This Week's Half Price Art

 Norwegian pilots, forming 331 and 332 Squadrons, were to prove themselves a brave and formidable force following their formation in 1942. Here, two Spitfire Mk IXCs of 332 Sqn break to starboard, the nearest aircraft being that of Kapt. Finn Thorsager.

A Norwegian Tribute by Ivan Berryman. (AP)
Half Price! - 80.00
 A Photo Reconnaissance Spitfire returning from a mission over occupied France.

Job Well Done by Ivan Berryman. (GS)
Half Price! - 250.00
26th September 1940 RAF Henlow is bombed by a Dornier DO17 and a Hurricane Mk1, No2604 (QO of 3 Sqn) takes off in pursuit.
RAF Henlow, MU13 Being Bombed by David Rowlands (GL)
Half Price! - 300.00
 Halifaxes of No.76 Squadron RAF en route to another night bombing raid over Germany.  The lead aircraft here has code MP-L.  Serial numbers for aircraft were unique, but codes like MP-L were transferred after an aircraft was lost.  A total of 10 aircraft carrying the codes MP-L were lost from No.76 Squadron.  <br>These aircraft were : <br><br>L9530 : Shot down 12th-13th August 1941. <br>R9452 : Crashed 12th-13th April 1942.<br>W7660 : Shot down 19th-20th August 1942. <br>W7678 : Lost 3rd-4th March 1943.<br>DK172 : Shot down 23rd-24th May 1943.<br>DK200 : Crashed 11th-12th June 1943.<br>LK922 : Shot down 21st-22nd January 1944.<br>LK789 : Shot down 24th-25th April 1944.<br>MZ622 : Crashed 24th-25th May 1944.<br>LL579 : Crashed 27th February 1945.

No.76 Squadron Halifax by Ivan Berryman. (GS)
Half Price! - 250.00

 This sortie was for the sole purpose of saving lives. The objective was to initiate a breakout of more than 700 French resistance workers from Amiens prison, many of whom were on their eve of execution by their Gestapo jailers. The De Havilland Mosquito FB Mk V1s of 464 and 487 Squadron of No 140 wing were to breach the outer walls and destroy certain key buildings within the compound.  Absolute pin point precision was vital to reduce casualties amongst the French patriots.  Three formations of six aircraft were formed, each crewed by the most experienced members of these squadrons. Low level runs at only fifteen feet were required to maintain bombing accuracy. The raid was the responsibility of  Group Captain Percy Charles Pickard, DSO, DFC. The navigational plot was in the hands of Pickards inseparable friend and navigator, Flight Lieutenant J A Bill Broadley. The operation took place on the 18th Februrary 1944 in terrible weather, with heavy snow falling, sweeping in gusts and almost obscuring the runway.  The first run took place along the Albert to Amiens road which can be seen in the foreground of the painting. Led by Wing Commander I S Black, the aircraft were flying so low they had to be flown at an angle to miss the trees lining the road. Bombs were placed with pin point accuracy, breaching the walls in places and setting fire to the main building. The second attack at right angles to the first across barren open fields was led by Wing Commander R W Bob Iredale followed by the Australians of 464 Squadron. The target being the second phase demolition of the guards annex.  The painting shows Iredale in the foreground with his navigator Flt. Lt. McCaul, followed closely by Sqn Ldr Sugden and navigator Fg Off Bridger. In the background, comimg up rapidly at a height of fifteen feet is Fg Off Mongham, DFM and his navigator Fg Off Dean DFM.  These two attacks were so successful, that streams of prisoners managed to escape. Further bombing runs were deemed unnecessary and 21 Squadron returned to base.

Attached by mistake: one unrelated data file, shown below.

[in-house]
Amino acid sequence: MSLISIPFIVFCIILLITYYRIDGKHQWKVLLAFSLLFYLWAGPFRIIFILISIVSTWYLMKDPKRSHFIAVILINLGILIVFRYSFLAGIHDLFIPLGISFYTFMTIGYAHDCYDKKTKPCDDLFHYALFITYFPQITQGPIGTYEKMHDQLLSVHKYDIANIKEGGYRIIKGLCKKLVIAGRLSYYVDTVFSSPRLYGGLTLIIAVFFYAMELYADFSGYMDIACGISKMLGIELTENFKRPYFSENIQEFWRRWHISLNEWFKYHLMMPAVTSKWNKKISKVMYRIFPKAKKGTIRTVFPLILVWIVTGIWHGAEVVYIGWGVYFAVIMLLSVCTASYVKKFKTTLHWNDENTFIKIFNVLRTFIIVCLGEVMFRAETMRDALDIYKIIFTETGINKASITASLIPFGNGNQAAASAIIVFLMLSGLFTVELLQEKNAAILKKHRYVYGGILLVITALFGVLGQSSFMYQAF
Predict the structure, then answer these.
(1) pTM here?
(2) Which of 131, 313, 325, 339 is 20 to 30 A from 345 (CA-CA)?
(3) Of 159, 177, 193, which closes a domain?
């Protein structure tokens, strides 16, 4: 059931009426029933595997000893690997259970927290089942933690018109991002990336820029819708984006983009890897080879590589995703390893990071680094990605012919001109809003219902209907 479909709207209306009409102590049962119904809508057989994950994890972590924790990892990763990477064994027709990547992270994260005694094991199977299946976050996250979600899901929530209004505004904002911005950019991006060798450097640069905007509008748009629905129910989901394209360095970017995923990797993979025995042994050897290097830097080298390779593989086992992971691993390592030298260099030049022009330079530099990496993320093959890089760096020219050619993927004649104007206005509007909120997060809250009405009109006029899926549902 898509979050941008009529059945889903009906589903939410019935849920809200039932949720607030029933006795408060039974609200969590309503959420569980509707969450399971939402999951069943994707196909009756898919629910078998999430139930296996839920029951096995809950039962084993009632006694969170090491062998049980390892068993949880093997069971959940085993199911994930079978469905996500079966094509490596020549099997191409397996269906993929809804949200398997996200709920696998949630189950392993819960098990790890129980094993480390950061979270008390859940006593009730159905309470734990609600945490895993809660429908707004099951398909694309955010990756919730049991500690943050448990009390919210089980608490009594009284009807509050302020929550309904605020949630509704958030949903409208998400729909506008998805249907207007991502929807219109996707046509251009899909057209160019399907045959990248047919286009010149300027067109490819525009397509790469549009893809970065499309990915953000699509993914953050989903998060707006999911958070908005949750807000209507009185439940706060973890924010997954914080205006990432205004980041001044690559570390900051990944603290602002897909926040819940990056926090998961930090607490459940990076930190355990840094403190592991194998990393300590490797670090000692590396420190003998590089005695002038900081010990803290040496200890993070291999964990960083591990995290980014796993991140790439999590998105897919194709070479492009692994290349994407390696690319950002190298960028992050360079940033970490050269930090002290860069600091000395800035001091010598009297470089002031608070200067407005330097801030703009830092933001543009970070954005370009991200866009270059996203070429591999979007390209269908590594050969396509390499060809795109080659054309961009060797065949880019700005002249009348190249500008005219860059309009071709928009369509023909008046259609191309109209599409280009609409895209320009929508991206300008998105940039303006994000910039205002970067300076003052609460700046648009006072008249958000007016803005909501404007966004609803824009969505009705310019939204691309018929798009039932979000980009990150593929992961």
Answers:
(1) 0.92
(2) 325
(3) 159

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Half Price! - 1400.00
 Grumman panther F9F / 5s of Marine Squadron VM311 flown by Boston Redsox Baseball star Ted Williams and future Astronaut John Glenn take off from K3 Airbase Pohang, on a ground support mission.

Panther Pack, Korea, March 1953 by David Pentland. (GS)
Half Price! - 250.00
 Erich Rudorffer commanding I./JG7 flying the Me262.  Erich Rudorffer was the master of multiple scoring - achieving more multiple victories than any other pilot.

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Brandenburg D.1 by Ivan Berryman. (B)
Half Price! - 50.00

This Week's Half Price Sport Art

 The Meteor, vintage racing schooner.
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Half Price! - 200.00
 Damon Hill in the number 7 Jordan leads the Ferrari of Michael Schumacher early in the 1999 Formula One season.

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Half Price! - 250.00
 TWR Jaguar XJR 9LM - Winner of the 1988 Le Mans.  The car in this image is shown at maximum speed on the Mulsanne Straight (240mph)  Drivers: Jan Lammers, Johnny Dumfries and Andy Wallace.  This was the first win for Jaguar since 1957.  Previous victories at Le Mans were in 1951 and 1953 with C types and in 1955, 1956 and 1957 with D types.  Jaguar also won Le Mans in 1990 with the XJR 12LM.
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Half Price! - 24.00

This Week's Half Price Military Art

DHM1313GL. Skinners Horse 1904  by Chris Collingwood.

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Half Price! - 350.00
 The crew of a late model Tiger I of the 3rd SS Totenkopf Division, manage to take a short break from the fighting around Warsaw, during the German assault, having pushed the Soviet forces out of the city and across the Vistula River.

Tiger I of the 3rd SS Totenkopf Division, Poland 1944 by Randall Wilson. (GL)
Half Price! - 300.00
 In 1306 Robert the Bruce was crowned King of the Scots. In 1309 Bruce controlled most of Scotland north of the Firth and Clyde. Over the next few years Bruce conquered the English Garrisons of Perth, Dundee, Roxburgh, Dumfries and St. Andrews, leaving only Stirling in English hands. On 24th June 1314 Robert the Bruce defeated the English army at Bannockburn. The war dragged on until the peace treaty was signed in 1328, recognising Robert the Bruce as King Robert I of Scotland, and Scotland an independent Kingdom. He died the following year.

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Half Price! - 300.00
 Helmand, Afghanistan, April 2008.  A long range patrol by Pathfinder Platoon (Parachute Regiment) in Jackal reconnaissance vehicles watch on from a safe distance as a requested air strike devastates Taliban targets.

Shock and Awe by David Pentland. (P)
Half Price! - 700.00